Want to Build a Healthier Jewish Community? – Nourish Informal Social Networks

Nussbaum_RachelRachel Nussbaum, Kavana Cooperative, Seattle, Washington

Eight years ago, a group of individuals in Seattle began asking the question: If we were to create a new kind of Jewish community, specifically designed to meet the needs of 21st century Jews, what would it look like and how would it be organized? How would it meet the increasing gap between the needs and mindset of today’s generation of Jews, and the structure of traditional Jewish communal organizations?

The answer this group came up with was the Kavana Cooperative: a pluralistic, non-denominational, and cooperative Jewish community. Influenced by Seattle’s start-up culture, co-founders Rabbi Rachel Nussbaum and technology executive Suzi LeVine aimed to create an organization that was simultaneously open and experimental as well as thoughtful and strategic. Most of all, Kavana would be a place that empowered its constituents to create a meaningful Jewish life for themselves and their fellow community members.

Today, Kavana is sustainable and growing, with a diverse community of young adults, families with children and a growing cohort of empty nesters. Shabbat is celebrated in a variety of ways: through our monthly Shabbat morning minyan which offers high-intensity prayer, song and study led by a growing corps of volunteer daveners; through “camp-style” guitar-led services; through celebratory Kabbalat Shabbat services and potluck dinners in parks in the summer and coffee shops in the winter. On holidays, a diverse array of study groups, services, meditation workshops and family programs offer a “choose-your-own-adventure” menu of options. Children of all ages take part in one of our five content-rich after-school programs each week or our “havdalah club”; a Hebrew-language immersion gan brings together preschoolers from American and Israeli homes, both Jewish and interfaith; family education programs engage both children and parents simultaneously in rich Jewish conversations. Adults gather for Torah study, book club discussions, and also to glean vegetables for the local food bank.  And, Kavana employs “social engineering” to thoughtfully weave a denser fabric of community, for instance carefully matching partners for home hospitality events and meaningful volunteer roles.

Kavana views itself as a laboratory for innovation, and has developed (and continued to tweak) a unique financial model and a distinctive cooperative model.  As in a preschool co-op structure, everyone who “joins” Kavana as a partner is expected to show up regularly, take on a volunteer job, and contribute financially.  Partners provide input regarding governance and financial model. And, at the same time, Kavana has fostered openness to non-partner participation with its “long entry ramp” philosophy. The community’s financial model is a hybrid between a synagogue-style membership model and an externally funded outreach model a la Hillel or Chabad.  Currently, Kavana has 100 partner households and attracts 300 people a month. Over 1,000 people participate in a Kavana program at least once in the course of a year.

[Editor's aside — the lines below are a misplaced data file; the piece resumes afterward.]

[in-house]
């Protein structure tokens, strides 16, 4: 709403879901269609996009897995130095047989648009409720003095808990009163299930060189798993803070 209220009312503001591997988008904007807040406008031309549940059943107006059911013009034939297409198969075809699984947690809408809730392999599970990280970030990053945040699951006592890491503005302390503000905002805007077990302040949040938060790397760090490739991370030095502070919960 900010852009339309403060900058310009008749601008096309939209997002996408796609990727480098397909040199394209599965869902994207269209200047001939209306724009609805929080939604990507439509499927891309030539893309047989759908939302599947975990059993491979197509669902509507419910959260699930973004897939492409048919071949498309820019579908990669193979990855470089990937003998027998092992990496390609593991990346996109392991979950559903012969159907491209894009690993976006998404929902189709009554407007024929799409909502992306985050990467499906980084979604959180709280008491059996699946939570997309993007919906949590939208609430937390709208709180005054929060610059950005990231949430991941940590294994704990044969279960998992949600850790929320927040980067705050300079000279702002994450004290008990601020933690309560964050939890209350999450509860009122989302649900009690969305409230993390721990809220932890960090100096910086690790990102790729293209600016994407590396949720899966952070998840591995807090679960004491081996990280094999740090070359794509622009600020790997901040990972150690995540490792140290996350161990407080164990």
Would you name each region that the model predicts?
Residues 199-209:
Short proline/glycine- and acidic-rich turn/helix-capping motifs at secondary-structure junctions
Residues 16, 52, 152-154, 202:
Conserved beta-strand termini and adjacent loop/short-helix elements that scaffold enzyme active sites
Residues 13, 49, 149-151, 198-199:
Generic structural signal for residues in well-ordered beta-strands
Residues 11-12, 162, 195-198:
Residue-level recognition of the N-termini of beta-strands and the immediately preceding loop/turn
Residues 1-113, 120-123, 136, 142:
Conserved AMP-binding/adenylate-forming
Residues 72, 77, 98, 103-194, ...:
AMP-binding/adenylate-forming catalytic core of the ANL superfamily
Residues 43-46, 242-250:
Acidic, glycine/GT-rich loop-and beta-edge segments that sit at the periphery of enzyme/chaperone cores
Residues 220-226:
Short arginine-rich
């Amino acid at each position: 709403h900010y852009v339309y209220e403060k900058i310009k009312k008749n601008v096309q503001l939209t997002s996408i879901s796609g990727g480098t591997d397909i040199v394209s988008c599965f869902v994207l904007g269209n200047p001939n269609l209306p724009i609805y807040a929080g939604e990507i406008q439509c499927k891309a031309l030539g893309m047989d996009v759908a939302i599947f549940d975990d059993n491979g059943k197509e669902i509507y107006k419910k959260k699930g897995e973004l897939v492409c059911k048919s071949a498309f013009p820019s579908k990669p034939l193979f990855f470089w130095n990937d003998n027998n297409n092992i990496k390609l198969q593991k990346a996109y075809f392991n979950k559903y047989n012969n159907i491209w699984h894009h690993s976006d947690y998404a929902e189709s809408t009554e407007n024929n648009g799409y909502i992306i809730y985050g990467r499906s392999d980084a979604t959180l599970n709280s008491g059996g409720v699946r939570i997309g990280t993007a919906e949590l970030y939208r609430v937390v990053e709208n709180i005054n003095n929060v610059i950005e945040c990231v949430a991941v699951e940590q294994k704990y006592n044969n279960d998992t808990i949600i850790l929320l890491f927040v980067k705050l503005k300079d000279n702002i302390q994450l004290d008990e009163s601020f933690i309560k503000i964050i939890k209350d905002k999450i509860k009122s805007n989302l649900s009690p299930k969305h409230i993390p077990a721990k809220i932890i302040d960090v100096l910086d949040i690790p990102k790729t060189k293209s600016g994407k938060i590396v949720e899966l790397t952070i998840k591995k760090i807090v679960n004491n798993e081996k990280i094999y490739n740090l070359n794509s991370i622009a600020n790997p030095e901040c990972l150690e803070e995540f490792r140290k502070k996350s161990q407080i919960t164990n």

As the leader of the Kavana Cooperative, I am often asked whether the powerful model of local Jewish community we have created in Seattle is replicable elsewhere. I have long believed that the answer to this question is yes, and last year, we undertook our first large-scale evaluation study in order to be able to better understand and explain the “secrets” to Kavana’s success. Under the guidance of HUC-JIR sociologist, Dr. Steven M. Cohen, and with the participation of a team of volunteers, we designed a survey to help us probe the demographic make-up of the Kavana community and how participants understand the impact of Kavana on their lives.

Our evaluation study confirmed that Kavana’s model is indeed working. For example, 85% of those surveyed said they had increased their Jewish knowledge, social interaction or observance since becoming involved with Kavana, with the effect particularly pronounced among partners (our terminology for members of the cooperative). In addition, 93% of those surveyed had recommended a Kavana event to a friend. We also found that Kavana is simultaneously attracting those with “high-intensity” Jewish backgrounds (as measured by Jewish education, participation in youth groups and summer camps, measures of observance, time spent in Israel, etc.), on the one hand, and also those with tenuous or virtually non-existent Jewish backgrounds — an indicator that Kavana is offering authentic, rich content without watering anything down and simultaneously creating an open and welcoming environment. Perhaps most importantly, the data from the study revealed strong positive correlations between higher levels of involvement in Kavana, high satisfaction levels, and high degrees of (self-reported) impact.